[Derrick Love-Jones, MSN, AGPCNP-BC] By far, the most rewarding part of my career is affecting my patients’ lives every day in a positive manner, which in turn affects their health outcomes. Every day NRS Nurse Practitioners educate their patients on how to apply self-management skills that increase self-awareness, which improves their overall health. The look on a patient’s face when they see the improvement in their labs, or when they are not short of breath because of something that they have learned through NRS’ services, is priceless.
The most challenging part of being a Nephrology NP is the windshield time. As a Nephrology NP you spend at least half of your day driving from dialysis unit to dialysis unit, making rounds on your patients. It is imperative that you know the traffic patterns of your city, so that you do not waste too much time behind your windshield.
[OnlineFNPPrograms.com] For current and prospective MSN students who are interested in becoming adult primary care nurse practitioners, what advice can you give them about optimally preparing for this field while pursuing their degree?
[Derrick Love-Jones, MSN, AGPCNP-BC] The best advice I was given, was always go back at the end of your clinical day and review anything you did not understand. Understanding the patient issues during your clinical rotation will help you when you begin practice. Becoming an NP is not like getting your undergraduate degree. You will be expected to self-learn, meaning do not expect your instructors to teach you everything. You will have to learn and understand what it takes to become a Nurse Practitioner.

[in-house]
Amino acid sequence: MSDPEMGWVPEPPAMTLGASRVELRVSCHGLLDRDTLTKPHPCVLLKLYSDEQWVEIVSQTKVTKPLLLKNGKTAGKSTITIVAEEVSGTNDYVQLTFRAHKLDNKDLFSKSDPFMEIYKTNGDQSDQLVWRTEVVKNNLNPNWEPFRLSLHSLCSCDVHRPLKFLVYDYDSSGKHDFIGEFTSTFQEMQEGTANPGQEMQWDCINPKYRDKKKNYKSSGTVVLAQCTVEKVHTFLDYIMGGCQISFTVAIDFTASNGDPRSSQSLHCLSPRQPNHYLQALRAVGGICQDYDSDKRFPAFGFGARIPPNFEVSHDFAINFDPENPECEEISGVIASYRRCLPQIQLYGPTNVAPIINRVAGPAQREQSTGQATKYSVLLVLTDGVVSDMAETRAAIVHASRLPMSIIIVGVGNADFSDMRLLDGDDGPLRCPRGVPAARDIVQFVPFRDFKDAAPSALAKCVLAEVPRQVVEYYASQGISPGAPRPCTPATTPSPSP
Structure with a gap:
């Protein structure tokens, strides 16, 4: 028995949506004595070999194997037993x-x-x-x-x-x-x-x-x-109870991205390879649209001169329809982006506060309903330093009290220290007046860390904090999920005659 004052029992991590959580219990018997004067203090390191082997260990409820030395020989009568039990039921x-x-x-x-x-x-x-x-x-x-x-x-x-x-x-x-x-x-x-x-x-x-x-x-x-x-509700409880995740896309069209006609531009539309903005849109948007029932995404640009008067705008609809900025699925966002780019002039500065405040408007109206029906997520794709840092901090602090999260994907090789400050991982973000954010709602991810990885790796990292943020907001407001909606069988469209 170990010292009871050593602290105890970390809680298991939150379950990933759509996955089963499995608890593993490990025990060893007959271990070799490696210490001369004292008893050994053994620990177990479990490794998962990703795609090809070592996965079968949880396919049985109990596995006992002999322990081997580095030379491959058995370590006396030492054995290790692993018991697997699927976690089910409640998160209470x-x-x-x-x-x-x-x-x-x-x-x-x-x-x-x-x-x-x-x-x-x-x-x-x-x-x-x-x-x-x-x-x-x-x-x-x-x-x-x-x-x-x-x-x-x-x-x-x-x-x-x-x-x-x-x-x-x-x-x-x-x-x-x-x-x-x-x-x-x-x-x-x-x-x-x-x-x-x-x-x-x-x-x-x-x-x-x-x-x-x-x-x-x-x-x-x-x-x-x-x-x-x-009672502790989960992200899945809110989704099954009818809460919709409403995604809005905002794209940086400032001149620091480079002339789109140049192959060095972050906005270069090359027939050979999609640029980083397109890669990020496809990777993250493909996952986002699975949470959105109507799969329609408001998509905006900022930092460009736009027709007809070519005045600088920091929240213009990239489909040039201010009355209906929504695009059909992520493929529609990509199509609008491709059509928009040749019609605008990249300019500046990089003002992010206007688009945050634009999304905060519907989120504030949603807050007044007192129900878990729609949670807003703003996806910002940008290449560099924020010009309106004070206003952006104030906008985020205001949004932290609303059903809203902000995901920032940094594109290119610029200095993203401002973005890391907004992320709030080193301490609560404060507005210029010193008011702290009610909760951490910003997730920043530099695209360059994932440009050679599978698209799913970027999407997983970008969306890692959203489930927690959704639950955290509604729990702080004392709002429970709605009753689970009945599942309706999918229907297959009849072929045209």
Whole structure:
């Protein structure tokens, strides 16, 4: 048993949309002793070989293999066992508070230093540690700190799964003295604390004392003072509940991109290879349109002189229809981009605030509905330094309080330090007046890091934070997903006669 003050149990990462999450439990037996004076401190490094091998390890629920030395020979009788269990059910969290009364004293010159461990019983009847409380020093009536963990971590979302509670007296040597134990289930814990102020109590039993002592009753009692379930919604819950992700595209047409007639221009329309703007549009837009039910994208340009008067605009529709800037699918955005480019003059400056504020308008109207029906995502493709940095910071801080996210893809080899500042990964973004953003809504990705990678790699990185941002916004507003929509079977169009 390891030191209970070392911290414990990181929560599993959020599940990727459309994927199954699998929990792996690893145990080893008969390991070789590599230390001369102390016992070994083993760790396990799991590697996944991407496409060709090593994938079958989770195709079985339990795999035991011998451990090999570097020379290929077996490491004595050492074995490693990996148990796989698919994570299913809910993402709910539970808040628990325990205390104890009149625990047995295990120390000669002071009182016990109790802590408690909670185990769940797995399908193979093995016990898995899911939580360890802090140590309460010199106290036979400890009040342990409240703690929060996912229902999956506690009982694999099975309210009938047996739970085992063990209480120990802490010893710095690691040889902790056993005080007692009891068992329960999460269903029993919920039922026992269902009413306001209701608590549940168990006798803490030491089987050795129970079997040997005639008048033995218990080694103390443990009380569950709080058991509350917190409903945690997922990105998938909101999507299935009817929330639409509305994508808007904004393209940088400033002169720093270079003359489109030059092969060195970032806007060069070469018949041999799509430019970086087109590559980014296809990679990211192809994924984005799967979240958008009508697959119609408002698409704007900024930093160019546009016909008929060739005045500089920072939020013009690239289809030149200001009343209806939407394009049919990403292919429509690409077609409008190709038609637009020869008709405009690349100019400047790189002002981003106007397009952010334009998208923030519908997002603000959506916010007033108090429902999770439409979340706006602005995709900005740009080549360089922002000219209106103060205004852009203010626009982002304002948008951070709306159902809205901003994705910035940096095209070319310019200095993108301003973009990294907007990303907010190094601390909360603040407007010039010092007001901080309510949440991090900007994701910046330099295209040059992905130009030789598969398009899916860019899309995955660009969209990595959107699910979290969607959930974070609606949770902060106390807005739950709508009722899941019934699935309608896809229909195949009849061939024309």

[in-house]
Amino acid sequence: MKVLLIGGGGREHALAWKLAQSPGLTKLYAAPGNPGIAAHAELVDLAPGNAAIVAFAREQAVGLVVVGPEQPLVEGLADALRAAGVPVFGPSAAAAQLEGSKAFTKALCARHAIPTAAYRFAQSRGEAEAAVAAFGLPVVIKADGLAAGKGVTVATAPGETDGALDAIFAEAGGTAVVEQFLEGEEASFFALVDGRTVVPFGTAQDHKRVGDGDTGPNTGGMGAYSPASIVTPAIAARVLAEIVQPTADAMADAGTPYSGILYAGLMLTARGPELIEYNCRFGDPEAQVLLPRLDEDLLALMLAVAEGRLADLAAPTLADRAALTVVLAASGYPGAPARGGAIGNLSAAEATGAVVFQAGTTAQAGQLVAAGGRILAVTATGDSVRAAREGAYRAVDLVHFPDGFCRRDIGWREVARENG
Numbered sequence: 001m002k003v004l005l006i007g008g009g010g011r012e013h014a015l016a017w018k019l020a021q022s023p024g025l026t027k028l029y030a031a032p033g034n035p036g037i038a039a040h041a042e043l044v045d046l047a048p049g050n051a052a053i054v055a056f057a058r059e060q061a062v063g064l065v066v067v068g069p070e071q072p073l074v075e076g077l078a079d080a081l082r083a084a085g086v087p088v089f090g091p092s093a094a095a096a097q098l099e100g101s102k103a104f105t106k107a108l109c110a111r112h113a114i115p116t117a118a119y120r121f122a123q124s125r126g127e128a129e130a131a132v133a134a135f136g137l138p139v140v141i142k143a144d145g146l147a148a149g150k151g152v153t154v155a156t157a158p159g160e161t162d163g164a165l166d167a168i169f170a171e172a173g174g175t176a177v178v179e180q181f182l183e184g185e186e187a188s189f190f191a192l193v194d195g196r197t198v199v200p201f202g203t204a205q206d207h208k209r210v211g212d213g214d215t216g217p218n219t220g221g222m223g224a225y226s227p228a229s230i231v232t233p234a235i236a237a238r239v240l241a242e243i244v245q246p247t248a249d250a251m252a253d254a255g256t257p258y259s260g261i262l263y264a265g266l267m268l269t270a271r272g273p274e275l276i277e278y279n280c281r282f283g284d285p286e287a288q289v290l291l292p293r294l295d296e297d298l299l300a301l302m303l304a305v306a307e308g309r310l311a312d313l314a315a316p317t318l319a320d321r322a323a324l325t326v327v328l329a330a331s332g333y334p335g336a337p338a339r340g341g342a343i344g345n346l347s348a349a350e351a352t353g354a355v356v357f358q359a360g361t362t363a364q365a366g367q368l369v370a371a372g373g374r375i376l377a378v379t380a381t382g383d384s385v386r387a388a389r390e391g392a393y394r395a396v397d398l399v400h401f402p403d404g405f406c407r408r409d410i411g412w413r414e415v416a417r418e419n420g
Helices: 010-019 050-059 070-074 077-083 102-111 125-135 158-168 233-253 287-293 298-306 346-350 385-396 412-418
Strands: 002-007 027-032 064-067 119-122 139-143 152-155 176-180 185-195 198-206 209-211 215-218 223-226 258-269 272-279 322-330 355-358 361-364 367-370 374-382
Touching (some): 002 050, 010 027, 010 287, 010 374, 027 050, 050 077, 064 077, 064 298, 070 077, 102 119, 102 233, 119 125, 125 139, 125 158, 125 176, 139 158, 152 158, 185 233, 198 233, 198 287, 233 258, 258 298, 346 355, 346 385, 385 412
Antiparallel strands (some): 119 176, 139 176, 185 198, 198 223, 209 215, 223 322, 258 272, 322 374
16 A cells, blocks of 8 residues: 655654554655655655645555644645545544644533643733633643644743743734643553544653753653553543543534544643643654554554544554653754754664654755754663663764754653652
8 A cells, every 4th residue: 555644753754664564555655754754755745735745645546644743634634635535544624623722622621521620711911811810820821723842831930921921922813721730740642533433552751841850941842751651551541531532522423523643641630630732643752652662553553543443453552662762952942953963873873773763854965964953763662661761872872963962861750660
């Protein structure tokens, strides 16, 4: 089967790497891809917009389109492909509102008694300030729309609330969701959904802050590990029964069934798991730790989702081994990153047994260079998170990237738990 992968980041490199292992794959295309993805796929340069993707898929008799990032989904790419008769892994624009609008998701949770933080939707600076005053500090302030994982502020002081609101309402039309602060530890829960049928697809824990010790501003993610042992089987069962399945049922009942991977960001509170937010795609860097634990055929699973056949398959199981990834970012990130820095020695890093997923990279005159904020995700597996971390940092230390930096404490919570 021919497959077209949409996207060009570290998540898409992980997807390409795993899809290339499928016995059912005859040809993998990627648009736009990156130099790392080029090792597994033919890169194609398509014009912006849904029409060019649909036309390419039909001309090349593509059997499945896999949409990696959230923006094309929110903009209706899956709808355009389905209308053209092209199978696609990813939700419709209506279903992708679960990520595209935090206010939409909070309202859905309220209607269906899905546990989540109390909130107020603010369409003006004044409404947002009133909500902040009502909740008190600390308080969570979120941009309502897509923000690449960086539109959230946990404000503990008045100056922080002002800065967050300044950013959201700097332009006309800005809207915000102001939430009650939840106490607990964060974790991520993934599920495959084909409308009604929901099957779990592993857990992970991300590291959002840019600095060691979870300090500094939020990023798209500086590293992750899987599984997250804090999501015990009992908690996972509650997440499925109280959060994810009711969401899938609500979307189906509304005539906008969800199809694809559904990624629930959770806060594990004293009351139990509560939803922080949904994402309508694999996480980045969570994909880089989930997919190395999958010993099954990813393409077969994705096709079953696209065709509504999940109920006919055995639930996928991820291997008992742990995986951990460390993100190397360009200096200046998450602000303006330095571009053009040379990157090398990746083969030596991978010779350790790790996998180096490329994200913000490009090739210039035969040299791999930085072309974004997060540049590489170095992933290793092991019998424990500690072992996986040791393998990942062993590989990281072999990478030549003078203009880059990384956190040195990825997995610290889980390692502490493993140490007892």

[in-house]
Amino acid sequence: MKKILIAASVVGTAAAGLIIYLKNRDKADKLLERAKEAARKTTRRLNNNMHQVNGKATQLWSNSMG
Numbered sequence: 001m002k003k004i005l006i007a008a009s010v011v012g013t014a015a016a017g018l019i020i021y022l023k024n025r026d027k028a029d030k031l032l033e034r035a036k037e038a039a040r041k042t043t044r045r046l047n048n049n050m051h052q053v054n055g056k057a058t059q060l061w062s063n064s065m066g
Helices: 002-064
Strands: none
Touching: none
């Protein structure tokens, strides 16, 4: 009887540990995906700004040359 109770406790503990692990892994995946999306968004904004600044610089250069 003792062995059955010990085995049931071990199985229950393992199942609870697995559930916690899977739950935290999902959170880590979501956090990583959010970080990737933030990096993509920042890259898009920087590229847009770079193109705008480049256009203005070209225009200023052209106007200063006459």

Nurse Practitioner preceptors are becoming increasingly harder to find, so start early when looking and have your resume ready to send. Once you graduate find a good mentor and ask good questions, they can be a wealth of knowledge.
The best place to get your pre-program questions answered is to speak to current Nurse Practitioners that are working in the field of study that interest you. Being a Nurse Practitioner is an awesome job to have, but it is hard work, because there is so much to learn. Gain as much knowledge about your new chosen career or specialty as you can, and never stop searching for new information. Always stay up to date with new processes and never stop learning.
Thank you Mr. Love-Jones for participating in our APRN career guide interview series!